Preferably, the first injections bores and the second injection bores lead out at the surface of an injection plate bounding the injection head on the combustion chamber side. In a particularly preferred embodiment of the injection head according to the invention, the second injection bores on the surface of the injection plate have a first area with a large flow cross-section for generating the propellant jets of the second propellant constituent with a low impulse, and, upstream with respect to the flow direction of the second propellant constituent, a second area with a small flow cross-section. The second area with the small flow cross-section in the second injection bores is advantageously used to generate a large injection pressure difference, benefiting the hydraulic uncoupling of the propellant delivery system and the combustion chamber.
The injection bores are preferably arranged with their axes parallel to one another.
According to a preferred embodiment of the invention, the first injection bores and the second injection bores are arranged alternately, and optionally.
Alternatively, they may be arranged alternately in a circular manner, or in a honeycomb-shaped manner.
Advantageously the first injection bores have a diameter of from 0.05 to 0.5 mm (preferably from 0.05 to 0.15 mm), while the second injection bores have a diameter of from 0.2 to 2 mm (preferably from 0.3 to 1.2 mm). In addition, the distance between the first injection bores and the second injection bores is advantageously smaller than 2 mm, and preferably smaller than 1 mm.
Other objects, advantages and novel features of the present invention will become apparent from the following detailed description of the invention when considered in conjunction with the accompanying drawings.
The first injection bores 3 and the second injection bores 4 lead out at the surface 2 a of an injection plate 2 bounding the injection head 1 toward the combustion chamber 8. The first injection bores 3 have a relatively small flow cross-section, so that the propellant jets of the first propellant constituent are ejected therefrom at a high velocity and thus with a high impulse. In contrast, the second injection bores 4 have a relatively large flow cross-section, so that the propellant jets of the second propellant constituent are ejected therefrom at a relatively low velocity, and thus with a relative low speed. The first and second injection bores 3, 4 are arranged with respect to one another such that an admixing of the second propellant constituent, which leaves the second injection bores 4 at a low impulse, takes place under an ejector effect of the propellant jets of the first propellant constituent leaving the first injection bores 3 with a high impulse (relative to the last-mentioned propellant constituent).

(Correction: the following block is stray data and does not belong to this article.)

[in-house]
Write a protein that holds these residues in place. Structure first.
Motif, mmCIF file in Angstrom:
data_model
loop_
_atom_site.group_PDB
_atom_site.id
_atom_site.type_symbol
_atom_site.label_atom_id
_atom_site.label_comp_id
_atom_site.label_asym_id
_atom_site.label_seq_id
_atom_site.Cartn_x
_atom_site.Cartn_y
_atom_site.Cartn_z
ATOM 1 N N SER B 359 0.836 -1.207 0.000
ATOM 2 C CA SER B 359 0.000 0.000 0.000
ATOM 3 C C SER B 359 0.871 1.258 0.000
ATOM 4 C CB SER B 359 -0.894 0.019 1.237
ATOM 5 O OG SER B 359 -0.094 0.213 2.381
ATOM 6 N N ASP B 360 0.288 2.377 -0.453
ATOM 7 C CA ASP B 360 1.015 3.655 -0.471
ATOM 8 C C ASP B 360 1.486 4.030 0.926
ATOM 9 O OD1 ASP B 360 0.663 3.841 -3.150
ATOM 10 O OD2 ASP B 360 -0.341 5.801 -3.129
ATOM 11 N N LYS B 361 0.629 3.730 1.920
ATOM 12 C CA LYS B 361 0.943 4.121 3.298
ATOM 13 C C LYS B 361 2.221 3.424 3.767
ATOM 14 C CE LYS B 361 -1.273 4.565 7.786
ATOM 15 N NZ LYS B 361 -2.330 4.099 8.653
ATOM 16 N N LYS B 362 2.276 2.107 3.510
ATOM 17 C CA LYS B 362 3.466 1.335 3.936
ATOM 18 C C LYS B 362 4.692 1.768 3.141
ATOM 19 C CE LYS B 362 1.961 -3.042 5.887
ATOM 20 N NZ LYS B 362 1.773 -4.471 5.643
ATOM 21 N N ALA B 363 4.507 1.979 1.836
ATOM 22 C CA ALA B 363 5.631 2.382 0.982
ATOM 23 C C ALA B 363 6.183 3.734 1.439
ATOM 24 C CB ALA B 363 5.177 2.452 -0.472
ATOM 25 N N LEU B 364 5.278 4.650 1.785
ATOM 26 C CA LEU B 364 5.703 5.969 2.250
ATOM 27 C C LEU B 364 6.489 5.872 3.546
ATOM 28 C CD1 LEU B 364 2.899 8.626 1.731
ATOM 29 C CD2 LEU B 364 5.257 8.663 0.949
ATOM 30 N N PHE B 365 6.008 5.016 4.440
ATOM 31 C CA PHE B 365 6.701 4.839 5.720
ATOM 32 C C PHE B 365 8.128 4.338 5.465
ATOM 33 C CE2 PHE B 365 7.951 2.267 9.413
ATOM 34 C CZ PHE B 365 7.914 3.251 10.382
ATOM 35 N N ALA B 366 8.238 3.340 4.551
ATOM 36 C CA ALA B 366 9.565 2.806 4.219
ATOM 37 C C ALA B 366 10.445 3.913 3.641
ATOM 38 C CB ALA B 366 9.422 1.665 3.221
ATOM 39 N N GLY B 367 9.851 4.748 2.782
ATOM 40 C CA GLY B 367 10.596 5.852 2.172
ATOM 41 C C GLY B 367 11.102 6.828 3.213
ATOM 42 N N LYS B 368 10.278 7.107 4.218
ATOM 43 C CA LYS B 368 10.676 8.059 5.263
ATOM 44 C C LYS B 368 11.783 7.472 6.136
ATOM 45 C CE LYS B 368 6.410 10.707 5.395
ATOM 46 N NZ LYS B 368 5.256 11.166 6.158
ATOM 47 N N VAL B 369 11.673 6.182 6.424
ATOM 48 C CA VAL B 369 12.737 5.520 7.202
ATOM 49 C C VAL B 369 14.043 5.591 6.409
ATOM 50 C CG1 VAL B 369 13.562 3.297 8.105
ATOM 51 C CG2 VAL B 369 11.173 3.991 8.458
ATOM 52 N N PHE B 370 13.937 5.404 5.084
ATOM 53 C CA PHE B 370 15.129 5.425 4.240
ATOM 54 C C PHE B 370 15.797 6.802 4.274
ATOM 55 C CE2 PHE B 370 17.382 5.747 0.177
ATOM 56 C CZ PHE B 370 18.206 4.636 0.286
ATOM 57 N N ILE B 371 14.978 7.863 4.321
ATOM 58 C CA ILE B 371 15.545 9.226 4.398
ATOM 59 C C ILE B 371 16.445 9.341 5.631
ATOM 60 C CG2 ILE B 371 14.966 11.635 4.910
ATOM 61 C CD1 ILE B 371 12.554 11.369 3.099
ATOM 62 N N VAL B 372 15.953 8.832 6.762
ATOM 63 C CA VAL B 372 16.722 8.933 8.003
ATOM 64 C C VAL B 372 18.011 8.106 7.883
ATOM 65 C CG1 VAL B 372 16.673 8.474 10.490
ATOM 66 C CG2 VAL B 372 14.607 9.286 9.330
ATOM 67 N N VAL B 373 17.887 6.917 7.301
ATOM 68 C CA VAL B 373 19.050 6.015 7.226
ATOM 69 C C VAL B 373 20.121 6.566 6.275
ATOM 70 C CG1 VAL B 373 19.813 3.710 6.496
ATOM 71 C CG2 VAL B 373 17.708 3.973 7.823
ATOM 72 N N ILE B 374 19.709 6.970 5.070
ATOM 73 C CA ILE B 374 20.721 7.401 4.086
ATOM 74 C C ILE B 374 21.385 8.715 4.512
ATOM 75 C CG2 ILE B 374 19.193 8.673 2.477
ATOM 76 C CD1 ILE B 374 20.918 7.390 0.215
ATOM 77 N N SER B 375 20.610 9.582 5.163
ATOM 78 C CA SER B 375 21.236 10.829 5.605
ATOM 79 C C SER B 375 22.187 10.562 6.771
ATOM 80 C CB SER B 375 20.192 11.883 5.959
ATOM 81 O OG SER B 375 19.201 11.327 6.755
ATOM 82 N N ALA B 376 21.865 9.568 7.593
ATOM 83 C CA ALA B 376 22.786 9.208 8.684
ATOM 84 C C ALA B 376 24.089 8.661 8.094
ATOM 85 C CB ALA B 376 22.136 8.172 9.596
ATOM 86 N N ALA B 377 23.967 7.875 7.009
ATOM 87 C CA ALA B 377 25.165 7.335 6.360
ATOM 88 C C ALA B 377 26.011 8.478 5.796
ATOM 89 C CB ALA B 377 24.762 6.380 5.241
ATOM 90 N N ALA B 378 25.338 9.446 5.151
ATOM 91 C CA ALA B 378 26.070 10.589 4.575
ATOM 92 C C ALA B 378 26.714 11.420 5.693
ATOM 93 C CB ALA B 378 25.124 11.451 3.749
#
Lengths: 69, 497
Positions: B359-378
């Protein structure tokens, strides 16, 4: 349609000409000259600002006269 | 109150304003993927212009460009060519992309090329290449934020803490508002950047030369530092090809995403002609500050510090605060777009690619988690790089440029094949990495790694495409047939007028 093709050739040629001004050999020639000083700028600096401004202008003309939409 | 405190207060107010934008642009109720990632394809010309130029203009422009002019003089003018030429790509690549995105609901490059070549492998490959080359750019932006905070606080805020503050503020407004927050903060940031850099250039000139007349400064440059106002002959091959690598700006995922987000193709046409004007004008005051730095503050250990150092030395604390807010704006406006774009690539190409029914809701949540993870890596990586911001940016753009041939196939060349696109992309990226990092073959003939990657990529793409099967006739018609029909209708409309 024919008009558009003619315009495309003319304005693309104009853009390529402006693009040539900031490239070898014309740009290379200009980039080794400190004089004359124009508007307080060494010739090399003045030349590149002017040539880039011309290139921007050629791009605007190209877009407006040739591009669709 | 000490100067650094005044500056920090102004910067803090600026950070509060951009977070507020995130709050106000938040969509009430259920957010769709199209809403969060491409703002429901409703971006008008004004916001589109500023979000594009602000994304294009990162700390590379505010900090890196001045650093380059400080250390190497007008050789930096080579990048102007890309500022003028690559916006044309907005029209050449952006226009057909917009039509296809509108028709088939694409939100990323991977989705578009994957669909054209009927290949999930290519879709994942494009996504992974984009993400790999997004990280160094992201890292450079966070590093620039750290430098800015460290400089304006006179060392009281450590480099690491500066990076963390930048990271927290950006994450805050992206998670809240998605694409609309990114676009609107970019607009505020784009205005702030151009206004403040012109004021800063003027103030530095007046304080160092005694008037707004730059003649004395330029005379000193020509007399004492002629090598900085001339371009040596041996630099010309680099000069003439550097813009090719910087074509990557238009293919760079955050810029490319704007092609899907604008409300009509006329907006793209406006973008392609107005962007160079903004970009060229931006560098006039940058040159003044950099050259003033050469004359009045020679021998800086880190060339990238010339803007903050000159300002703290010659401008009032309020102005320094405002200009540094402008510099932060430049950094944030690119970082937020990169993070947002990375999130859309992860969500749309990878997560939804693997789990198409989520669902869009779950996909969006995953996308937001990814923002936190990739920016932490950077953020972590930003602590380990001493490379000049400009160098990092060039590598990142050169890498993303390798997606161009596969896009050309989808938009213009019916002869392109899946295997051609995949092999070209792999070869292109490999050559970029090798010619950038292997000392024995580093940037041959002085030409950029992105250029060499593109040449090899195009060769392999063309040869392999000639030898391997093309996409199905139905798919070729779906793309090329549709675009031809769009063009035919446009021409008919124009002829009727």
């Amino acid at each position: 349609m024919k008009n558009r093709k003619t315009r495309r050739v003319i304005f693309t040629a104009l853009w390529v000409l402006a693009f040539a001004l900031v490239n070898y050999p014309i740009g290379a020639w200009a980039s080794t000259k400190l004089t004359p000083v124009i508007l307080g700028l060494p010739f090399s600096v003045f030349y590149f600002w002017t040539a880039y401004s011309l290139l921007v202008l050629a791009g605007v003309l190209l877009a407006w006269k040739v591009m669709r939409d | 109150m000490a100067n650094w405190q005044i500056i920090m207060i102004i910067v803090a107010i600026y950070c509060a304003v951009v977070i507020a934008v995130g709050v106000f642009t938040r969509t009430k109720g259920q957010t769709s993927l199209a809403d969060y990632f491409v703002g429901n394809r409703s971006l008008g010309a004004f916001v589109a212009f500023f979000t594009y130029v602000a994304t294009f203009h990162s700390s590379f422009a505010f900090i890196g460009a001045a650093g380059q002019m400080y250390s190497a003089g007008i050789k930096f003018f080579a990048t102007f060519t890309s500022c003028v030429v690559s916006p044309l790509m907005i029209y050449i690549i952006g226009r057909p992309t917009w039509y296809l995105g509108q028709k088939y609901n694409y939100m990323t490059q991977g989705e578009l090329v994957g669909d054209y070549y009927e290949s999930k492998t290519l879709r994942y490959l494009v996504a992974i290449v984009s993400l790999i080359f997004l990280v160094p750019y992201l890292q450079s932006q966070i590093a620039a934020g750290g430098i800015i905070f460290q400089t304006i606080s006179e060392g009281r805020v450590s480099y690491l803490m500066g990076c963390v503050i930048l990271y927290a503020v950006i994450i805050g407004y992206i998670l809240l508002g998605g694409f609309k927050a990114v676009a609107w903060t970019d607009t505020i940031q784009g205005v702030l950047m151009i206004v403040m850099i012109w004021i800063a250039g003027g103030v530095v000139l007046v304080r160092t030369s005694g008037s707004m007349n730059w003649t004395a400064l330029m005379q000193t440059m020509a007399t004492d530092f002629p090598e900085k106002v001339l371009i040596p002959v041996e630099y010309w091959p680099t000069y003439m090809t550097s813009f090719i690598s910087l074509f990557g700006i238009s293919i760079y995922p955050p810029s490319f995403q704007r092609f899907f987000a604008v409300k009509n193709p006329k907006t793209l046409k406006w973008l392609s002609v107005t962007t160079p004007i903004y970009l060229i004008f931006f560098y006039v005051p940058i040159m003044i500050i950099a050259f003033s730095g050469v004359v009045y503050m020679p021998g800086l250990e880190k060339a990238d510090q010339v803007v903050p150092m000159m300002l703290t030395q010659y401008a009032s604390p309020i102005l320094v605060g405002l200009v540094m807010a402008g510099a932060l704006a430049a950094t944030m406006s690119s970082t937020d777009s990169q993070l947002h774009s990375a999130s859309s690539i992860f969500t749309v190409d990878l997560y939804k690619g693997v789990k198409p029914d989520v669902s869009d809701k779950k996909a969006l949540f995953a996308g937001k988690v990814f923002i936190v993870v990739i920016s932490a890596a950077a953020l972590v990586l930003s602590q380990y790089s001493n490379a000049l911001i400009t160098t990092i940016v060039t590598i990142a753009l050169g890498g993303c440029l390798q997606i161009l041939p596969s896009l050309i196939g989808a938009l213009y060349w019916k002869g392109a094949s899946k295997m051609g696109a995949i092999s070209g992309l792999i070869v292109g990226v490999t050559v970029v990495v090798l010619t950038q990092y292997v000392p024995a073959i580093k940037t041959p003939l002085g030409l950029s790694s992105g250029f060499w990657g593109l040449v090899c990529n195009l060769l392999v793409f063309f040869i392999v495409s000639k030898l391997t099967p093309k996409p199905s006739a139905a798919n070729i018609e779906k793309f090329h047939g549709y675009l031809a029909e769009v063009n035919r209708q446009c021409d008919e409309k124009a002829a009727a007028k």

As illustrated in
As illustrated in
Returning to the present invention, the first injection bores 3 may have a diameter of from 0.05 to 0.5 mm, and preferably from 0.05 to 0.15 mm. The second injection bores 4, on the other hand, may have a diameter of from 0.2 to 2 mm (preferably from 0.3 to 1.2 mm). These are dimensions which are advantageous for most application cases; however, dimensions outside these ranges are also possible. The distance between the center axes of the first injection bores 3 and the second injection bores 4 is preferably smaller than 2 mm, and particularly smaller than 1 mm.
In the embodiment illustrated in
The second propellant constituent leaves the second injection bores 4 with a very low impulse and is then, under the ejector effect, admixed with the propellant jets of the first propellant constituent leaving the first injection bores 3 with a high impulse, as illustrated in
The foregoing disclosure has been set forth merely to illustrate the invention and is not intended to be limiting. Since modifications of the disclosed embodiments incorporating the spirit and substance of the invention may occur to persons skilled in the art, the invention should be construed to include everything within the scope of the appended claims and equivalents thereof.
|Cited Patent||Filing date||Publication date||Applicant||Title|
|US3071925 *||Jun 23, 1959||Jan 8, 1963||United Aircraft Corp||Injector head for liquid rocket|
|US3122885 *||Jun 19, 1961||Mar 3, 1964||Heidmann Marcus F||Injector for bipropellant rocket engines|
|US3132481 *||Jun 23, 1959||May 12, 1964||United Aircraft Corp||Injector head for liquid rocket|
|US3603092||Sep 24, 1969||Sep 7, 1971||Nasa||Injection head for delivering liquid fuel and oxidizers|
|US3625435||Feb 14, 1967||Dec 7, 1971||United Aircraft Corp||Dual orifice quadruplet impingement injector|
|US4586226||Sep 30, 1983||May 6, 1986||Rockwell International Corporation||Method for fabricating a small-orifice fuel injector|
|US4650416||Nov 8, 1985||Mar 17, 1987||The United States Of America As Represented By The Secretary Of The Air Force||NF3 combustor for cylindrical laser|
|US5161379 *||Dec 23, 1991||Nov 10, 1992||United Technologies Corporation||Combustor injector face plate cooling scheme|
|US6253539 *||Jul 7, 1999||Jul 3, 2001||Boeing North America Inc.||Convective and turbulent shear mixing injector|
|DE3818623C1||Jun 1, 1988||Jul 13, 1989||Messerschmitt-Boelkow-Blohm Gmbh, 8012 Ottobrunn, De||Title not available|
|1||George P. Sutton, et al., "Injectors", Rocket Propulsion Elements, 2001, pp. 271-276, Johy Wiley & Sons, Inc., New York, XP002316433.|
|Citing Patent||Filing date||Publication date||Applicant||Title|
|US8683810 *||Jun 25, 2010||Apr 1, 2014||Eads Space Transportation Gmbh||Injection device for combustion chambers of liquid-fueled rocket engines|
|US8701414 *||Jun 25, 2010||Apr 22, 2014||Eads Space Transportation Gmbh||Injection device for combustion chambers of liquid-fueled rocket engines|
|US9278362 *||Sep 9, 2011||Mar 8, 2016||Wells Gelven Fractal Technology, Llc||Fractal orifice plate|
|US20080264372 *||Mar 17, 2008||Oct 30, 2008||Sisk David B||Two-stage ignition system|
|US20100257840 *||Jun 25, 2010||Oct 14, 2010||Eads Space Transportation Gmbh||Injection device for combustion chambers of liquid-fueled rocket engines|
|US20100264240 *||Jun 25, 2010||Oct 21, 2010||Eads Space Transportation Gmbh||Injection device for combustion chambers of liquid-fueled rocket engines|
|US20130284830 *||Sep 9, 2010||Oct 31, 2013||Wells Gelven Fractal Technology, Llc||Fractal orifice plate|
|Mar 28, 2005||AS||Assignment|
Owner name: EADS SPACE TRANSPORTATION GMBH, GERMANY
Free format text: ASSIGNMENT OF ASSIGNORS INTEREST;ASSIGNORS:MUELLER, WOLFGANG;TSCHERWITSCHKE, CHRISTOPH;REEL/FRAME:016401/0293
Effective date: 20041111
|May 9, 2011||FPAY||Fee payment|
Year of fee payment: 4
|May 7, 2015||FPAY||Fee payment|
Year of fee payment: 8